i love how there is no comments on this everyone just gets the reference
No. No, I don’t get the reference. 300 thousand people have reblogged this without a word, without so much as a tag, because apparently we all get the reference. I fucking don’t. This has passed by my dashboard hundreds of fucking times and nobody ever asks what the fuck it is.
I’m officially terming this post a conspiracy. 300000 people could not just know what this is. You’re all reblogging this to fit in, or because you know it messes with people, or because you’re the fucking Matrix. You’re the Matrix, aren’t you? You’re all a bunch of Mr Smiths living in a world of green code. Well fuck you all and fuck your stupid post. I’m off to save fucking Zion.
Dude it’s from spongebob
A very good way of going about explaining this issue. It’s good to see something positive come from Tumblr.
REBLOG THE SHIT OUT OF THIS.
And the reblog button was hit so quickly that it actually was reblogged BEFORE it was clicked
Will always reblog this.
I just like being girly. But what I like more, is having people noticing without minding. Just the fact that they’re aware of what I am and want to be without seeing anything but god old little me makes me happy, and most importantly, comfortable.
Anonymous said: Have you seen that Rap Battle Parody I couldn't stop laughing. That one rapper was hilarious.
But he’s not a rapper
I’ve seen this image going around, and I feel compelled to point out that it’s only half-right. It’s true that high heels were originally a masculine fashion, but they weren’t originally worn by butchers - nor for any other utilitarian purpose, for that matter.
High heels were worn by men for exactly the same reason they’re worn by women today: to display one’s legs to best effect. Until quite recently, shapely, well-toned calves and thighs were regarded as an absolute prerequisite for male attractiveness. That’s why you see so many paintings of famous men framed to show off their legs - like this one of George Washington displaying his fantastic calves:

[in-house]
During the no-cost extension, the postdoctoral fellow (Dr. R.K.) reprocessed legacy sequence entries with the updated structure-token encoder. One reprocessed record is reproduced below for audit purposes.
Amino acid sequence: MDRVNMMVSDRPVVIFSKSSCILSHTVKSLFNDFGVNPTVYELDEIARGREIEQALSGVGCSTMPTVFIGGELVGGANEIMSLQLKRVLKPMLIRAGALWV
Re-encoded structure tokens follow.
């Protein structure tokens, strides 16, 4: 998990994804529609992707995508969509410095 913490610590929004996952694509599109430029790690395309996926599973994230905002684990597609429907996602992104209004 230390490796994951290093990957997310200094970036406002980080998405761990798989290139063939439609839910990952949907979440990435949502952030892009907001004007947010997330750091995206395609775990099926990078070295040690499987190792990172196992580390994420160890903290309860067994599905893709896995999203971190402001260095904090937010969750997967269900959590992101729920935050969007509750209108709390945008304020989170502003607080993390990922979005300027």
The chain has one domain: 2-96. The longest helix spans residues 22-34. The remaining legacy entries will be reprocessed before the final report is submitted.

… or this one of Louis XIV of France rocking a fabulous pair of red platform heels (check out those thighs!):
… or even this one of Charles I of England showing off his high-heeled riding boots - note, again, the visual emphasis on his well-formed calves:
In summary: were high heels originally worn by men? Yes. Were they worn to keep blood off their feet? No at all - they were worn for the same reason they’re worn today: to look fabulous.
so then how did they become a solo feminine item of attire?
A variety of reasons. In France, for example, high heels fell out out of favour in the court of Napoleon due to their association with aristocratic decadence, while in England, the more conservative fashions of the Victorian era regarded it as indecent for a man to openly display his calves.
But then, fashions come and go. The real question is why heels never came back into fashion for men - and that can be laid squarely at the feet of institutionalised homophobia. Essentially, heels for men were never revived because, by the early 20th Century, sexually provocative attire for men had come to be associated with homosexuality; the resulting moral panic ushered in an era of drab, blocky, fully concealing menswear in which a well-turned calf simply had no place - a setback from which men’s fashion has yet to fully recover.
FASHION HISTORY IS HUMAN HISTORY OK
Thank you, history side of tumblr. That “stay out of blood” thing has been driving me mad.
I’ve made a comic. Please go and read it. It’s my first professional comic. It’s completed and free to read.